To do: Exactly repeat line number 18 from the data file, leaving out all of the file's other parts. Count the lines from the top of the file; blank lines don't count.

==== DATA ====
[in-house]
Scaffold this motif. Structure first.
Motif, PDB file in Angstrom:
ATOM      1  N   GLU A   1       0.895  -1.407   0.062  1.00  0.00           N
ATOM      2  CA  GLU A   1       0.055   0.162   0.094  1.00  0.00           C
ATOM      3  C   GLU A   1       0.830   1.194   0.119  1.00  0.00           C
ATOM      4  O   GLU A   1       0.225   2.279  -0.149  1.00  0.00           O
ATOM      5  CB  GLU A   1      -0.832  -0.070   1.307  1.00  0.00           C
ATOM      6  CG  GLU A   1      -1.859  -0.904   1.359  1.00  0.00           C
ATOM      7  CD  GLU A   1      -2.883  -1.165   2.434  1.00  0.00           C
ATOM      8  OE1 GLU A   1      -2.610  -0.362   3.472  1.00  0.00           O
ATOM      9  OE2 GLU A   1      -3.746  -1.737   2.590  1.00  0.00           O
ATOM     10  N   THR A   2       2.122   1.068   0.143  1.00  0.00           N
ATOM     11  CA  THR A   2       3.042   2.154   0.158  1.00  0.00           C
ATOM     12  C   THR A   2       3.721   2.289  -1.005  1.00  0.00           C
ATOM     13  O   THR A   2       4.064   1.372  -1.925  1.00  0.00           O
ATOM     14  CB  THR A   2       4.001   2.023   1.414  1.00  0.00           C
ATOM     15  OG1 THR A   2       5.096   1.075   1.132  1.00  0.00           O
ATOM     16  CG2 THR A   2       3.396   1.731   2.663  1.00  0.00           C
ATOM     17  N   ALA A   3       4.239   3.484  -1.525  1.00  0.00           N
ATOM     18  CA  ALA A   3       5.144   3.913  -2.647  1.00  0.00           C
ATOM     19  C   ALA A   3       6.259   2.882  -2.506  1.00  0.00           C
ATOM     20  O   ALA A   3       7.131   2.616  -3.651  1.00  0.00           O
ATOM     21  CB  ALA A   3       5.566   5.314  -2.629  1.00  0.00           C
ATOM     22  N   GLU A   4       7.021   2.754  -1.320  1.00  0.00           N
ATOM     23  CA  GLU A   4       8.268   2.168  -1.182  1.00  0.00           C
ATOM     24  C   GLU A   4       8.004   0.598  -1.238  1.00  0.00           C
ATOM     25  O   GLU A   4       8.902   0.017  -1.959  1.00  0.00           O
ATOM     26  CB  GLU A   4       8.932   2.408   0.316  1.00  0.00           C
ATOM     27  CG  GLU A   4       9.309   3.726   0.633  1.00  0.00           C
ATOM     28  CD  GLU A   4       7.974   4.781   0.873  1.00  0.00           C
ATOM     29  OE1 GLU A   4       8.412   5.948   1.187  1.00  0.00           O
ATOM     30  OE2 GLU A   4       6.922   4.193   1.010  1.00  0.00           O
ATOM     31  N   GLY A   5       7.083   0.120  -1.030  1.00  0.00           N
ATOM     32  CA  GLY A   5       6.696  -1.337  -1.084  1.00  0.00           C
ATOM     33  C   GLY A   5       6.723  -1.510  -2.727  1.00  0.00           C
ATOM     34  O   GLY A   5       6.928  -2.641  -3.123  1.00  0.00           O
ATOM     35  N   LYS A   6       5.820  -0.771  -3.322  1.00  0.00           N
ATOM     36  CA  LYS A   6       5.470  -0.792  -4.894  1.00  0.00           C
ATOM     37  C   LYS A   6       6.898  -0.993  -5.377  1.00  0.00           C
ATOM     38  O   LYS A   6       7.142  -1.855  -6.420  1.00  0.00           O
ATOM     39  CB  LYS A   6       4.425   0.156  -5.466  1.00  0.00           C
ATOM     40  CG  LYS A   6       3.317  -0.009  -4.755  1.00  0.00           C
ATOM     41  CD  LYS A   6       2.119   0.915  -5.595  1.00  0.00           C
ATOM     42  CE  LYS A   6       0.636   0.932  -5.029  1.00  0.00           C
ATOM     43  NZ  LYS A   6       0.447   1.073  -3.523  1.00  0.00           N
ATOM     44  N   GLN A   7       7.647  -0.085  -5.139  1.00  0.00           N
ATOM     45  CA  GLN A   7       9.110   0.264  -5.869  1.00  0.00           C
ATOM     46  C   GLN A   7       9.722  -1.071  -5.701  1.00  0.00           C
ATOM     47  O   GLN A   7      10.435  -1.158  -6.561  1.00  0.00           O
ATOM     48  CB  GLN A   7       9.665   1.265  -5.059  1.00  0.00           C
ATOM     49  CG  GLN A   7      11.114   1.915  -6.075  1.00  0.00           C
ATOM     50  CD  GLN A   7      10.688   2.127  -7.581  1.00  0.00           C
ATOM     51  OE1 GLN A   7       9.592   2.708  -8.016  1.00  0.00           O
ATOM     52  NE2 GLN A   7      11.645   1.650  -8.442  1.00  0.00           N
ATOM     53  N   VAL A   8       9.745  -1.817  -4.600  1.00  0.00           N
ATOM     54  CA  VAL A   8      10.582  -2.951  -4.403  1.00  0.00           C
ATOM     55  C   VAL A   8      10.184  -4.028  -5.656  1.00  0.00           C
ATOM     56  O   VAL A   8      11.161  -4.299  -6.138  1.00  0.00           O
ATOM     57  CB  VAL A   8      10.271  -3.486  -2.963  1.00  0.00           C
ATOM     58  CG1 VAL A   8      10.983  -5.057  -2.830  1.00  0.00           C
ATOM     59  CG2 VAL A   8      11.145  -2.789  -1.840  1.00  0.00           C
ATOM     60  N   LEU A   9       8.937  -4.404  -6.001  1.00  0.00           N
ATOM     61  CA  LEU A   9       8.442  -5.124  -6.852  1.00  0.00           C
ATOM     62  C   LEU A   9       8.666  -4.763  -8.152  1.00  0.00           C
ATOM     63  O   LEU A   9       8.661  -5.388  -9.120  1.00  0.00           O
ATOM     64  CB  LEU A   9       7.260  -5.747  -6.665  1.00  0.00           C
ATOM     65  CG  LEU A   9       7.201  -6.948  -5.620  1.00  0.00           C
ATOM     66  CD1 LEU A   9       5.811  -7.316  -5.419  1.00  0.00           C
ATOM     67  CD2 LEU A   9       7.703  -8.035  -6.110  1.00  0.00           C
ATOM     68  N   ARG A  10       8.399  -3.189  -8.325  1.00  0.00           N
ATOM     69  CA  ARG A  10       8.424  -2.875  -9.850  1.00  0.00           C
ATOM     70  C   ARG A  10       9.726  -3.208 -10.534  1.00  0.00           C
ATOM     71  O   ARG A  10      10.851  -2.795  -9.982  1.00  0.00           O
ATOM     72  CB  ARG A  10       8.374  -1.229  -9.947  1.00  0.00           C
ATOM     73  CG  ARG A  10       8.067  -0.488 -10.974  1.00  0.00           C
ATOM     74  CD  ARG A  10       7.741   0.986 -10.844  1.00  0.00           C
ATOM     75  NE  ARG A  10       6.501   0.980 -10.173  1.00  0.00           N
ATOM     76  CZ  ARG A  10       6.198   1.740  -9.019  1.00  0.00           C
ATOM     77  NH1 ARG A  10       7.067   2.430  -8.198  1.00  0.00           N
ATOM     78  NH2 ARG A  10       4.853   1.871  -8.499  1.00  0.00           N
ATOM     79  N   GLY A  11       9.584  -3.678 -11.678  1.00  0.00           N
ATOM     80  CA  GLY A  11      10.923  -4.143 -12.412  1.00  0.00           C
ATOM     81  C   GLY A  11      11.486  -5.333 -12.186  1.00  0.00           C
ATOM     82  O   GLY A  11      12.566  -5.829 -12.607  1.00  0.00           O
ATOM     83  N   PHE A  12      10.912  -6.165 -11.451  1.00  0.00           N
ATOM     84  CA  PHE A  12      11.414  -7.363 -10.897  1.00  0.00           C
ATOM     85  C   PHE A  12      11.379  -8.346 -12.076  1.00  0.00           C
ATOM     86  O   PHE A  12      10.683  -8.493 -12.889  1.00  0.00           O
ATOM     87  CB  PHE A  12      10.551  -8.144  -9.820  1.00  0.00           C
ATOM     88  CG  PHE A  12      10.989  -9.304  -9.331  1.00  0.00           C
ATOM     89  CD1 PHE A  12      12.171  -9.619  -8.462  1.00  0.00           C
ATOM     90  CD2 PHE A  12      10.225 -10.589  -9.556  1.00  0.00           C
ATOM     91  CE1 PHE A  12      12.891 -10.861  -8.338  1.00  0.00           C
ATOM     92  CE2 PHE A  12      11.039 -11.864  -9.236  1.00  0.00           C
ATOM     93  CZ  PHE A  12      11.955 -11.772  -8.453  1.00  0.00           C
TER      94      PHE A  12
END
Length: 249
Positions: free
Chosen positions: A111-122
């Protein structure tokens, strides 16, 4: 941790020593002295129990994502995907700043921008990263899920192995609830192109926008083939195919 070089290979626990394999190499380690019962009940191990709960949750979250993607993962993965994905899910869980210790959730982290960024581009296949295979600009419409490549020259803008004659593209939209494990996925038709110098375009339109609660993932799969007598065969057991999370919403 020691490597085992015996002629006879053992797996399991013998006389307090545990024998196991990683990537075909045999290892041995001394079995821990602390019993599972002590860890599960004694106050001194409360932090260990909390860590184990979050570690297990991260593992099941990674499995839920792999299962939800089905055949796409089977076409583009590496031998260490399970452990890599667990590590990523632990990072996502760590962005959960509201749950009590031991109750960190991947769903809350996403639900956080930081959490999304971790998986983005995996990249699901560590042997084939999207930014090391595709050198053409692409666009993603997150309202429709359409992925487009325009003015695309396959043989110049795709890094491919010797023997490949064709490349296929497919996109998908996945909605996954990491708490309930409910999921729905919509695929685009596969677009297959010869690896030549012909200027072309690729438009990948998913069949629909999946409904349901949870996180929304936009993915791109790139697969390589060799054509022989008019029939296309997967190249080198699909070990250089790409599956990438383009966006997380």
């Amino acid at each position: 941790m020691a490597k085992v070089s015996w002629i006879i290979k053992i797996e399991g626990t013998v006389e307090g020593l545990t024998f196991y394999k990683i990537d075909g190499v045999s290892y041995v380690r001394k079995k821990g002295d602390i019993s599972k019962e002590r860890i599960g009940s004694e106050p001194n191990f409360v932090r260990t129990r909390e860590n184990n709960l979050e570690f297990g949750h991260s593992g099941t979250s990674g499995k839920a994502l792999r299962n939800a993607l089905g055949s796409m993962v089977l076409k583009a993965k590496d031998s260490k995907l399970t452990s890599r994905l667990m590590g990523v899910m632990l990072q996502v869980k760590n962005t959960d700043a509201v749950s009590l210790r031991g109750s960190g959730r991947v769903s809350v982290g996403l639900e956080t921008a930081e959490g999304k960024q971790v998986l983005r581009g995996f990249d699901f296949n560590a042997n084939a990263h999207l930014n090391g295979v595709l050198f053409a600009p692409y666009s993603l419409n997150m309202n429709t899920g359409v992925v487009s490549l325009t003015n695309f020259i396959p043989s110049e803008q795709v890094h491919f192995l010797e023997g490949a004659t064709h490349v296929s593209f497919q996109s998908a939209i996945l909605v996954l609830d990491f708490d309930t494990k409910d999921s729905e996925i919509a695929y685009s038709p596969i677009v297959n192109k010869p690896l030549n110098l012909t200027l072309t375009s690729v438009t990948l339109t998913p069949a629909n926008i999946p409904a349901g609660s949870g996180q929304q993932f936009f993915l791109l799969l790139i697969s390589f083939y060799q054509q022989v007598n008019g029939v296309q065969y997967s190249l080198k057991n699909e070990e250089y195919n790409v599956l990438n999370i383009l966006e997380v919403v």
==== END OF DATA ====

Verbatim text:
ATOM     15  OG1 THR A   2       5.096   1.075   1.132  1.00  0.00           O